Don’t expect bill markups or votes on presidential nominees in January during the impeachment trial of President Donald Trump, the chairmen of Senate committees responsible for energy and environment legislation and related nominees said Dec. 18.
“It’s my understanding that committees are not going to be able to report to the floor bills during that period of time,” Senate Environment and Public Works Committee Chairman John Barrasso (R-Wyo.) told reporters.
Still under discussion, Barrasso said, is whether committees during the impeachment trial are “going to be able to have hearings or not, on what topics, and what legislation we’ll be able to pursue.”
The House on Dec. 18 was debating two articles of impeachment against Trump, with final impeachment votes were scheduled in the evening.
Sen. Lisa Murkowski (R-Alaska), chairman of the Senate Energy and Natural Resources Committee, said she expects the committee will be able to hold hearings in the morning up until about noon or so for days the Senate is in session in January.
“I don’t believe you can mark up bills” when the Senate is holding its impeachment trial, she said, though committees could continue to conduct oversight and hearings on both bills and nominees.
“But I don’t know that you could have that business meeting” to report Trump nominees for consideration by the full Senate, she said.
Holding only morning hearings would ensure no conflicts with the daily Senate impeachment trial.
Murkowski said senators have been discussing resuming the trail roughly around 1 p.m. each day, which “would follow the contours of the Clinton impeachment” nearly 20 years ago. An afternoon schedule would eliminate afternoon committee hearings.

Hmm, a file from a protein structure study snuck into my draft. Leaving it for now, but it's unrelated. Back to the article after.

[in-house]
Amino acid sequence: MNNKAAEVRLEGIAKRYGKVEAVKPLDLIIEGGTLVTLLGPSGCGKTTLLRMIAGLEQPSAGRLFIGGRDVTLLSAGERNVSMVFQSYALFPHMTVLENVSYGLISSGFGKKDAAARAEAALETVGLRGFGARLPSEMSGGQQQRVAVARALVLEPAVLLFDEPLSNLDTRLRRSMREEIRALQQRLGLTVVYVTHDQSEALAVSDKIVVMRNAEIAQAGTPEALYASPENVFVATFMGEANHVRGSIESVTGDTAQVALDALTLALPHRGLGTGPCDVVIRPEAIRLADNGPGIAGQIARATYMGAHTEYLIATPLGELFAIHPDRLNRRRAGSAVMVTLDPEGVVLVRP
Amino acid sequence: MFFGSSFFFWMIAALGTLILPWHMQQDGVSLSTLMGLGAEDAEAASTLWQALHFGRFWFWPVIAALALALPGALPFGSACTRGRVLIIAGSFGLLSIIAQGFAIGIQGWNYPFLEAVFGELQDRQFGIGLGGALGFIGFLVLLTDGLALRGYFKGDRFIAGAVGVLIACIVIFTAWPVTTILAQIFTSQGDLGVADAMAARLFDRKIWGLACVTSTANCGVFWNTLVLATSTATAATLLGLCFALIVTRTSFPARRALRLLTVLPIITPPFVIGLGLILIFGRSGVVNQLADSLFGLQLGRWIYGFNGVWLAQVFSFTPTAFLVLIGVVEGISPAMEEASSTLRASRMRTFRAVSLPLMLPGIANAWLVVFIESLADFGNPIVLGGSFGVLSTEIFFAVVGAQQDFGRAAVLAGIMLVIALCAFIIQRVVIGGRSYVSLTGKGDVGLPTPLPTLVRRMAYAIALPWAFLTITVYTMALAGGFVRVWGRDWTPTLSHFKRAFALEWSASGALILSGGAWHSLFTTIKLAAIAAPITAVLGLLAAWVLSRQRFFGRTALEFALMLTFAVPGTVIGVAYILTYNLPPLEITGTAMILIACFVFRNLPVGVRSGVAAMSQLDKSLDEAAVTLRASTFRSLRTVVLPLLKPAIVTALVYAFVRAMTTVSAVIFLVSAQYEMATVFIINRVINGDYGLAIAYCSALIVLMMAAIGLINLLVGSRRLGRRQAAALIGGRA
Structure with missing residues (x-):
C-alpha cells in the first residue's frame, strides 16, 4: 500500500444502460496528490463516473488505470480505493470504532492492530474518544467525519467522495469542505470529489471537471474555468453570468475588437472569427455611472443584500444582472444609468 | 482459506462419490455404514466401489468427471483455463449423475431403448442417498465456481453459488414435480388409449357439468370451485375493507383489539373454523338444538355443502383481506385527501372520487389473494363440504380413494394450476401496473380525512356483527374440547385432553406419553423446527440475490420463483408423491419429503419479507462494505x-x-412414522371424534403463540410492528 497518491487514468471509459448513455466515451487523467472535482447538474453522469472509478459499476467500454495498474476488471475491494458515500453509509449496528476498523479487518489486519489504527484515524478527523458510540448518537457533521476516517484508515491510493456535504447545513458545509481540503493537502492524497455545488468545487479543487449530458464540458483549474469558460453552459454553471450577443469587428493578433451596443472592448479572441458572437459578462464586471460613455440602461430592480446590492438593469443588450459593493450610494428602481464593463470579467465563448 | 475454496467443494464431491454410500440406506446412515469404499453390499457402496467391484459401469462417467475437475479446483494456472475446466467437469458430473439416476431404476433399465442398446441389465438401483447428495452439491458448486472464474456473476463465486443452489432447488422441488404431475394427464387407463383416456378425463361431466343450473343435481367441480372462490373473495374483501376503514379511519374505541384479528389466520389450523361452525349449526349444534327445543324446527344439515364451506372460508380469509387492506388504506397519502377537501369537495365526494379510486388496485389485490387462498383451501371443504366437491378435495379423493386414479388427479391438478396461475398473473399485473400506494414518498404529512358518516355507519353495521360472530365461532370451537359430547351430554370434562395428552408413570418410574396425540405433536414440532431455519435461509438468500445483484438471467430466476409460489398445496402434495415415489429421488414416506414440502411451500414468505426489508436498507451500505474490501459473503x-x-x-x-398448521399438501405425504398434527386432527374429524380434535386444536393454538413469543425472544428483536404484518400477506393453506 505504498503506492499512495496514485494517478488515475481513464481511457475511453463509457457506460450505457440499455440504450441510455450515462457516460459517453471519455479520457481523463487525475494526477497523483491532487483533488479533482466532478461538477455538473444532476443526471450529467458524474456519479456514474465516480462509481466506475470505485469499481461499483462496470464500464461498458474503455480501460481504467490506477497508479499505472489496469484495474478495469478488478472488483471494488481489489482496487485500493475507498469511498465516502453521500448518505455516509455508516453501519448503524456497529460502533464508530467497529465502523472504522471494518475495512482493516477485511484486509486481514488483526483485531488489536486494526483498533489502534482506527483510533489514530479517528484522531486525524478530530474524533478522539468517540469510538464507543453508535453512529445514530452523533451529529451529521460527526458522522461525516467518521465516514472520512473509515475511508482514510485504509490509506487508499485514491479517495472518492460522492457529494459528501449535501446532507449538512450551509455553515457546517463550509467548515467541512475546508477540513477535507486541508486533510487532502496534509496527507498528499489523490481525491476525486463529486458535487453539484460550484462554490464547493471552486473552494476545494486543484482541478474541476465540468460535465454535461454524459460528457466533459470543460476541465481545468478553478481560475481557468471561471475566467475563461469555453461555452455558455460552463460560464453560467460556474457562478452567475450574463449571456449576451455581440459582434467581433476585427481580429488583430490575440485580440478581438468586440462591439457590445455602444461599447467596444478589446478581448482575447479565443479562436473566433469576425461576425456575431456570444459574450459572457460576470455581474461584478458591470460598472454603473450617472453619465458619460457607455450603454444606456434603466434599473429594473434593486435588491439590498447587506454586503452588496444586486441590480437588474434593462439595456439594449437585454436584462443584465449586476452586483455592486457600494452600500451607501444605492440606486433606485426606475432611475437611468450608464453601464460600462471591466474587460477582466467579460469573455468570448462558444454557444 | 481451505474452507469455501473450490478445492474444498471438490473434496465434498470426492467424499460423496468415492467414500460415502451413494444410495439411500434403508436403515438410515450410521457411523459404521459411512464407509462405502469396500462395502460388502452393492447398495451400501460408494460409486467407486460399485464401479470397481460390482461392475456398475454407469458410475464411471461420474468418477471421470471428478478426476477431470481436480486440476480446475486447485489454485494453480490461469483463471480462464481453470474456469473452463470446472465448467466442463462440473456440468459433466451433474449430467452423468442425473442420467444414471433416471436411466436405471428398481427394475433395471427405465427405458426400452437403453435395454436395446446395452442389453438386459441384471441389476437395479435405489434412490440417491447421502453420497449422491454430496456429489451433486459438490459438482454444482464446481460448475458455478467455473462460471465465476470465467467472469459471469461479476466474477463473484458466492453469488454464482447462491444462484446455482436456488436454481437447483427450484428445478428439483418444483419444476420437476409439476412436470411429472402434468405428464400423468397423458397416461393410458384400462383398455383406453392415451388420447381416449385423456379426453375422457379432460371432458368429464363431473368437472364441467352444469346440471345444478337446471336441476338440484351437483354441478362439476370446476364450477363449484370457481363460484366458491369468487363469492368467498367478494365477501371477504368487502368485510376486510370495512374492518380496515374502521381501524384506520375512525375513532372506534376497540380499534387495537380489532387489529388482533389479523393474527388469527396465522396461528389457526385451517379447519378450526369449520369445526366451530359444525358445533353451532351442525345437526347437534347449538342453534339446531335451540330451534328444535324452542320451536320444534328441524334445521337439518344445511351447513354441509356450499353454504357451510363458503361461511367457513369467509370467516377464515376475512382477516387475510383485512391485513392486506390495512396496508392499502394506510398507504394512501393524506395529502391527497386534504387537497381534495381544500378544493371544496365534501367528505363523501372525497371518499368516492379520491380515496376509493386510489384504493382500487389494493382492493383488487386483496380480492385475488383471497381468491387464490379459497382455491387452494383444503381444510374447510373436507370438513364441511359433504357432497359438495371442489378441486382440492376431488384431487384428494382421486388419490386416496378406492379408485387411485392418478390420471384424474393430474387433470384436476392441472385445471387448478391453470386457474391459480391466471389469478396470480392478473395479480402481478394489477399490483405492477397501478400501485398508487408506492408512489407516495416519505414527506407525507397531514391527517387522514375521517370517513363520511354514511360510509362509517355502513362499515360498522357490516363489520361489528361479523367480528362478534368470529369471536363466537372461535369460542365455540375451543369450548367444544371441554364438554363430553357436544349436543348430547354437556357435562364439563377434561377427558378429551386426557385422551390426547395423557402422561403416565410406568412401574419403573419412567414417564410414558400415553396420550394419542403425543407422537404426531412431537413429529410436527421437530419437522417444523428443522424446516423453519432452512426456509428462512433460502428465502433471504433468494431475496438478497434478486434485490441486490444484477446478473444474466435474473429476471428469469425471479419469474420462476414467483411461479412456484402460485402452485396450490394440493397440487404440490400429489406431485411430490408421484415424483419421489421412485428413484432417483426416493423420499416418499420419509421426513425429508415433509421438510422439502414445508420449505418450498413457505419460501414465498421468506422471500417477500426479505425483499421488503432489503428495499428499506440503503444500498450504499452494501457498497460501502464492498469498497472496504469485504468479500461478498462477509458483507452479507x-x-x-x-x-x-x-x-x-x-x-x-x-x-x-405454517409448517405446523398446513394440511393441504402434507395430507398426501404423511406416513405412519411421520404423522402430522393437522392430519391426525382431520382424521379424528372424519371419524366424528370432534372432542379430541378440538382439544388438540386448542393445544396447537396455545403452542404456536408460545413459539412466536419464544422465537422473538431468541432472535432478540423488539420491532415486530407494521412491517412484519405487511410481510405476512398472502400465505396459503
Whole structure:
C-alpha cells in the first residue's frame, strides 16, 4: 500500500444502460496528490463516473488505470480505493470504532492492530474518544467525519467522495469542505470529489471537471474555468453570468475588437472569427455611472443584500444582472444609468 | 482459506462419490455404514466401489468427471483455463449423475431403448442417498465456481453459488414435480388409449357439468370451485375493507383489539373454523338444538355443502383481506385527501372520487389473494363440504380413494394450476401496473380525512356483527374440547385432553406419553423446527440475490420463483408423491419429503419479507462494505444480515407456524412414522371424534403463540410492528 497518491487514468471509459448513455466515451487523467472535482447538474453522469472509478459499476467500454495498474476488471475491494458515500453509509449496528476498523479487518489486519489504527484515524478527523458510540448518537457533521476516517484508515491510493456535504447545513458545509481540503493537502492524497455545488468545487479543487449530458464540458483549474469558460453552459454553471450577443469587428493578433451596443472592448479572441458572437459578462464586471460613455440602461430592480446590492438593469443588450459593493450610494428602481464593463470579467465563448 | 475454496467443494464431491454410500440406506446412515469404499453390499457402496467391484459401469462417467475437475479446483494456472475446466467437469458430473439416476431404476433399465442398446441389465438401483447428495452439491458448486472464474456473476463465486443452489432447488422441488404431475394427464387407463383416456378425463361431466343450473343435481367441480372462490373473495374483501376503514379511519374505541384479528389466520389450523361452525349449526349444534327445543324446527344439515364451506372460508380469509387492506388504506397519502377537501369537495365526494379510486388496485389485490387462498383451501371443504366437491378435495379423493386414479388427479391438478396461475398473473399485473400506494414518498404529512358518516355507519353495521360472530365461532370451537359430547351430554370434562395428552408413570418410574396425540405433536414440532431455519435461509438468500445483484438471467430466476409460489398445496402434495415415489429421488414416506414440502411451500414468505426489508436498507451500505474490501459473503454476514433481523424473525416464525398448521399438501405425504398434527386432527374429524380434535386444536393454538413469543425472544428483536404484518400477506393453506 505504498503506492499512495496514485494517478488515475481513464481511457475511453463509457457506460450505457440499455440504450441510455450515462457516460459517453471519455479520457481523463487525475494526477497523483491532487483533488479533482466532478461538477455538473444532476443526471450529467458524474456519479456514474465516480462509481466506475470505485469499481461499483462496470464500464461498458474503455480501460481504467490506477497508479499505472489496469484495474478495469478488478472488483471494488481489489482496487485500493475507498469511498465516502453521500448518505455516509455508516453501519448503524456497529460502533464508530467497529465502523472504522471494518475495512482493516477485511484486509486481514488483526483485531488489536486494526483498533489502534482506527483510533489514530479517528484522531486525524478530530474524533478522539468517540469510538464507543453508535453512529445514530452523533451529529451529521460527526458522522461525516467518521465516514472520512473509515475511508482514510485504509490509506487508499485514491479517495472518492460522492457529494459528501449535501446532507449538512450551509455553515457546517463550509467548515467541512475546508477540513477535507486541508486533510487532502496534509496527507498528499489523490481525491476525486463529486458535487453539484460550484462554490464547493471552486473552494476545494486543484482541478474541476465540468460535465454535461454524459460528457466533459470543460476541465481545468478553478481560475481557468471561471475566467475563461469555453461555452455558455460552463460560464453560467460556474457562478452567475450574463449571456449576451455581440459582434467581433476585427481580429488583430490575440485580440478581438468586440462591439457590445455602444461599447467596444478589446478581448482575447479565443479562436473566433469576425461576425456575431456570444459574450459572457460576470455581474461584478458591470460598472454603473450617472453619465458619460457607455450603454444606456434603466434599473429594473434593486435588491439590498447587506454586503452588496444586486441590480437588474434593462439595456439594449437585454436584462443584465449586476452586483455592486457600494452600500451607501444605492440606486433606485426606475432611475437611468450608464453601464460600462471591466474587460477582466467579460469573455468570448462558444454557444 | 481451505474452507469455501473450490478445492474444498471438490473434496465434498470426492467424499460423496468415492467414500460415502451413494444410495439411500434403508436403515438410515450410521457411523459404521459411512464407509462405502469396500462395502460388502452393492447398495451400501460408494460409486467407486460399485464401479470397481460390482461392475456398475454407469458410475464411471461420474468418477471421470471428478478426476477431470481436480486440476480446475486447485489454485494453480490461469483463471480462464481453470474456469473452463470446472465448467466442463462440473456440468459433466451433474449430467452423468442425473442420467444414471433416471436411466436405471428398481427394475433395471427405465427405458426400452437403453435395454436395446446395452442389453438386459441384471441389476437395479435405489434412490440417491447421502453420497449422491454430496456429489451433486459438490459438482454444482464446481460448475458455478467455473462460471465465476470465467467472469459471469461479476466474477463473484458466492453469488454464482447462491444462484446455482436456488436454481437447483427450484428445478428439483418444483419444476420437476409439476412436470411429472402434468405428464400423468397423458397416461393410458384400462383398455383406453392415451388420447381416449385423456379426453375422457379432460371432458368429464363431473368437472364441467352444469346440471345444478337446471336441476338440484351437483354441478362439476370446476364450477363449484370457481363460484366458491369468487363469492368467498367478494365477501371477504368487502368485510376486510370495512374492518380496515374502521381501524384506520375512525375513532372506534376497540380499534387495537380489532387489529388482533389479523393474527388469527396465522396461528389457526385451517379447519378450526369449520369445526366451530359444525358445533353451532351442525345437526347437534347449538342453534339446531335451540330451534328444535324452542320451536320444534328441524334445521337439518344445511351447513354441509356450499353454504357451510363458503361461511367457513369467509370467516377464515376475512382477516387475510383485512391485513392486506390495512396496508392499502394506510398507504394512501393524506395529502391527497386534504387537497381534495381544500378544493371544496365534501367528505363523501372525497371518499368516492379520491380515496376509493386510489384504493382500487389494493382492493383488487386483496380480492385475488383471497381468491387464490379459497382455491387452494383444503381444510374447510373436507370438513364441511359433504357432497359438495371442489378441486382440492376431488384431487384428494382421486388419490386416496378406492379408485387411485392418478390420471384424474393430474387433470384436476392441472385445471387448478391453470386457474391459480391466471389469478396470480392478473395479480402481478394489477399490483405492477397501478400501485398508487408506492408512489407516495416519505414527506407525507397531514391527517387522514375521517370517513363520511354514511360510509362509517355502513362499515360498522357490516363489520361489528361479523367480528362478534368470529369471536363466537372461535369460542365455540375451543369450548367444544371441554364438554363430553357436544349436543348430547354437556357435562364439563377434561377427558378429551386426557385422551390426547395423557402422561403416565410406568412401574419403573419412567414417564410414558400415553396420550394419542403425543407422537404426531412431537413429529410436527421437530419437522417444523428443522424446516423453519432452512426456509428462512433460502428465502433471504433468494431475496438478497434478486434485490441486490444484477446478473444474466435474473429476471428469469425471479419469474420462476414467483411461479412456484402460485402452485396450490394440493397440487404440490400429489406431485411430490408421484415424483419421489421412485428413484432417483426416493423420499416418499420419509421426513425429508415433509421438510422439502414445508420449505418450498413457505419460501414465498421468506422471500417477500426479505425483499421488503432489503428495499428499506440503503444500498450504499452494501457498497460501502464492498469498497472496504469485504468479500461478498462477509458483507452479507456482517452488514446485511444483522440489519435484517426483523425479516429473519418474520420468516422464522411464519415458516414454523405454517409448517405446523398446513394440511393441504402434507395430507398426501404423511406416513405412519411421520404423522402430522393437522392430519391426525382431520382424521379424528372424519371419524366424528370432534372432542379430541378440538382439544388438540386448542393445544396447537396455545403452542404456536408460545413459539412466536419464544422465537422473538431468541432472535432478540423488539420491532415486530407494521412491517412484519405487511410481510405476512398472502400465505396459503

There is a way for committees to vote on legislation and nominees, but it would require getting Senate consent in an agreement by both parties, she said.
Not being able to vote on energy legislation in January would have only a minor impact because Murkowski advanced around 70 bills through committee in 2019 with an eye toward stitching some of those together for an energy package on the Senate floor in 2020. Murkowski has worked closely with the energy panel’s top Democrat, Sen. Joe Manchin (D-W.Va.), on those measures, which range from battery energy storage to wind energy incentives.
Collaborative Committee Work
One senior Democrat on the Environment and Public Works Committee, Sen. Ben Cardin (D-Md.), said he expects committee members from both parties will be working well together even after the January impeachment trial has ended.
“Our committee is pretty bipartisan on most issues,” Cardin told reporters. “I think Senator Barrasso and Senator Carper"—the Delaware Democrat who is the panel’s top Democrat—"are doing a good job keeping us together.”
A priority for the environment panel will be moving along the reauthorization of the highway bill (S. 2302) in 2020 on the Senate floor. The committee passed it in July by a unanimous 21-0 vote. The actual funding of the measure, however, will largely be set by the Senate Finance Committee, Cardin noted.
House progress on the highway bill shouldn’t be affected by the January trial, Rep. Peter DeFazio (D-Ore.), chairman of the House Transportation and Infrastructure Committee told Bloomberg Environment Dec. 18.
House impeachment managers will be involved in the trial in the Senate.
DeFazio is pushing a more climate-friendly bill in the Democratic-controlled House than the one that emerged from the Senate environment committee over the summer.
“I fully intend to have a major electrification title” to encourage electric vehicles, DeFazio said, part of a broader “defossilization” that will curb fossil fuel used in the surface transportation measure.
The measure also will include “resilient infrastructure” provisions to better protect roads, bridges, and other transportation infrastructure from increasingly severe weather events, he said.